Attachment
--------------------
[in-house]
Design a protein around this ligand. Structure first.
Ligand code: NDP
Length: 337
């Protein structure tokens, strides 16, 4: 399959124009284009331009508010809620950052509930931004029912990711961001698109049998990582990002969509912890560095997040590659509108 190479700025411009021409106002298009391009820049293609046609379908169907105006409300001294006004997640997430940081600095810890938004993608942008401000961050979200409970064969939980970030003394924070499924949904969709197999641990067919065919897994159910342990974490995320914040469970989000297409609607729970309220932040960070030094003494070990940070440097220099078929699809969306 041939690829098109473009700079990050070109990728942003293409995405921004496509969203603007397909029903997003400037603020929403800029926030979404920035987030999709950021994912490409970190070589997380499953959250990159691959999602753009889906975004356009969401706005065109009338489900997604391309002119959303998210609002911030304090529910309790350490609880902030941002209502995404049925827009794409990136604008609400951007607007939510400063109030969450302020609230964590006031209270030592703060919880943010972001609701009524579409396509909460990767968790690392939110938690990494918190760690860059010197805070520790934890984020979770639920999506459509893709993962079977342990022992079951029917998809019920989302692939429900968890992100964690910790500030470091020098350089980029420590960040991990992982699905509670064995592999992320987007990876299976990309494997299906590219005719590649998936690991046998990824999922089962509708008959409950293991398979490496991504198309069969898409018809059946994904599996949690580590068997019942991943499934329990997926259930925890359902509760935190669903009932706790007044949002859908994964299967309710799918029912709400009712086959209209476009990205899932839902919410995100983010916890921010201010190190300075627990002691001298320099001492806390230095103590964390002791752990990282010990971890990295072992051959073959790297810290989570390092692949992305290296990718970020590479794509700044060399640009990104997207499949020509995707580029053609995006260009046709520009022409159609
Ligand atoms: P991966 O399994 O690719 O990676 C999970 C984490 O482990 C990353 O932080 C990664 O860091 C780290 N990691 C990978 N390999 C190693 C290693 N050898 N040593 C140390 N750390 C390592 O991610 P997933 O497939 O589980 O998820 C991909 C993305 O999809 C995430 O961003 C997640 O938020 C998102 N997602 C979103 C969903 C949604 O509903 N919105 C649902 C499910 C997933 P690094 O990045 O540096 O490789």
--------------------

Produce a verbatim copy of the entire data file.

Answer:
[in-house]
Design a protein around this ligand. Structure first.
Ligand code: NDP
Length: 337
């Protein structure tokens, strides 16, 4: 399959124009284009331009508010809620950052509930931004029912990711961001698109049998990582990002969509912890560095997040590659509108 190479700025411009021409106002298009391009820049293609046609379908169907105006409300001294006004997640997430940081600095810890938004993608942008401000961050979200409970064969939980970030003394924070499924949904969709197999641990067919065919897994159910342990974490995320914040469970989000297409609607729970309220932040960070030094003494070990940070440097220099078929699809969306 041939690829098109473009700079990050070109990728942003293409995405921004496509969203603007397909029903997003400037603020929403800029926030979404920035987030999709950021994912490409970190070589997380499953959250990159691959999602753009889906975004356009969401706005065109009338489900997604391309002119959303998210609002911030304090529910309790350490609880902030941002209502995404049925827009794409990136604008609400951007607007939510400063109030969450302020609230964590006031209270030592703060919880943010972001609701009524579409396509909460990767968790690392939110938690990494918190760690860059010197805070520790934890984020979770639920999506459509893709993962079977342990022992079951029917998809019920989302692939429900968890992100964690910790500030470091020098350089980029420590960040991990992982699905509670064995592999992320987007990876299976990309494997299906590219005719590649998936690991046998990824999922089962509708008959409950293991398979490496991504198309069969898409018809059946994904599996949690580590068997019942991943499934329990997926259930925890359902509760935190669903009932706790007044949002859908994964299967309710799918029912709400009712086959209209476009990205899932839902919410995100983010916890921010201010190190300075627990002691001298320099001492806390230095103590964390002791752990990282010990971890990295072992051959073959790297810290989570390092692949992305290296990718970020590479794509700044060399640009990104997207499949020509995707580029053609995006260009046709520009022409159609
Ligand atoms: P991966 O399994 O690719 O990676 C999970 C984490 O482990 C990353 O932080 C990664 O860091 C780290 N990691 C990978 N390999 C190693 C290693 N050898 N040593 C140390 N750390 C390592 O991610 P997933 O497939 O589980 O998820 C991909 C993305 O999809 C995430 O961003 C997640 O938020 C998102 N997602 C979103 C969903 C949604 O509903 N919105 C649902 C499910 C997933 P690094 O990045 O540096 O490789």